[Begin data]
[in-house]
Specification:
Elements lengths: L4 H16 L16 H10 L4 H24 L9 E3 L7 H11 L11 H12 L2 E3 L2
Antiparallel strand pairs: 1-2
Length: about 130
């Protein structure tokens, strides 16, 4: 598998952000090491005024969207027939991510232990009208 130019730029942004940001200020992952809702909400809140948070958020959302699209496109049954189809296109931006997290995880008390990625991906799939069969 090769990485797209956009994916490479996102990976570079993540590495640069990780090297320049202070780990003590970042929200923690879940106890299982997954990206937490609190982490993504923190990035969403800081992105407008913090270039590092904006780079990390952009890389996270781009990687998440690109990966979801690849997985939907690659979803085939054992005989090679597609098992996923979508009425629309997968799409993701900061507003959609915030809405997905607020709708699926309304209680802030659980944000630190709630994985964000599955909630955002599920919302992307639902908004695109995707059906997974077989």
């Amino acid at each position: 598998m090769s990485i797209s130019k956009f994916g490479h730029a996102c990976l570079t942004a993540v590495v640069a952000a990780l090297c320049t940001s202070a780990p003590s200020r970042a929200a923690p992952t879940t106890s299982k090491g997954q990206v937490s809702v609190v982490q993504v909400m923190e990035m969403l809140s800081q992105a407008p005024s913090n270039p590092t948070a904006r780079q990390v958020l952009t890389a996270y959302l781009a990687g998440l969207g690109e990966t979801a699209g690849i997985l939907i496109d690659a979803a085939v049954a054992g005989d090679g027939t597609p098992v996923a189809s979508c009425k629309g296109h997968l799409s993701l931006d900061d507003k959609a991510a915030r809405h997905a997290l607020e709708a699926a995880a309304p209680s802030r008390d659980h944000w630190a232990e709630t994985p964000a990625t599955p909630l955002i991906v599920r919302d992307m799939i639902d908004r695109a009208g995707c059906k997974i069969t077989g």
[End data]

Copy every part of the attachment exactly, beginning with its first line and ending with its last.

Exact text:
[in-house]
Specification:
Elements lengths: L4 H16 L16 H10 L4 H24 L9 E3 L7 H11 L11 H12 L2 E3 L2
Antiparallel strand pairs: 1-2
Length: about 130
């Protein structure tokens, strides 16, 4: 598998952000090491005024969207027939991510232990009208 130019730029942004940001200020992952809702909400809140948070958020959302699209496109049954189809296109931006997290995880008390990625991906799939069969 090769990485797209956009994916490479996102990976570079993540590495640069990780090297320049202070780990003590970042929200923690879940106890299982997954990206937490609190982490993504923190990035969403800081992105407008913090270039590092904006780079990390952009890389996270781009990687998440690109990966979801690849997985939907690659979803085939054992005989090679597609098992996923979508009425629309997968799409993701900061507003959609915030809405997905607020709708699926309304209680802030659980944000630190709630994985964000599955909630955002599920919302992307639902908004695109995707059906997974077989």
């Amino acid at each position: 598998m090769s990485i797209s130019k956009f994916g490479h730029a996102c990976l570079t942004a993540v590495v640069a952000a990780l090297c320049t940001s202070a780990p003590s200020r970042a929200a923690p992952t879940t106890s299982k090491g997954q990206v937490s809702v609190v982490q993504v909400m923190e990035m969403l809140s800081q992105a407008p005024s913090n270039p590092t948070a904006r780079q990390v958020l952009t890389a996270y959302l781009a990687g998440l969207g690109e990966t979801a699209g690849i997985l939907i496109d690659a979803a085939v049954a054992g005989d090679g027939t597609p098992v996923a189809s979508c009425k629309g296109h997968l799409s993701l931006d900061d507003k959609a991510a915030r809405h997905a997290l607020e709708a699926a995880a309304p209680s802030r008390d659980h944000w630190a232990e709630t994985p964000a990625t599955p909630l955002i991906v599920r919302d992307m799939i639902d908004r695109a009208g995707c059906k997974i069969t077989g």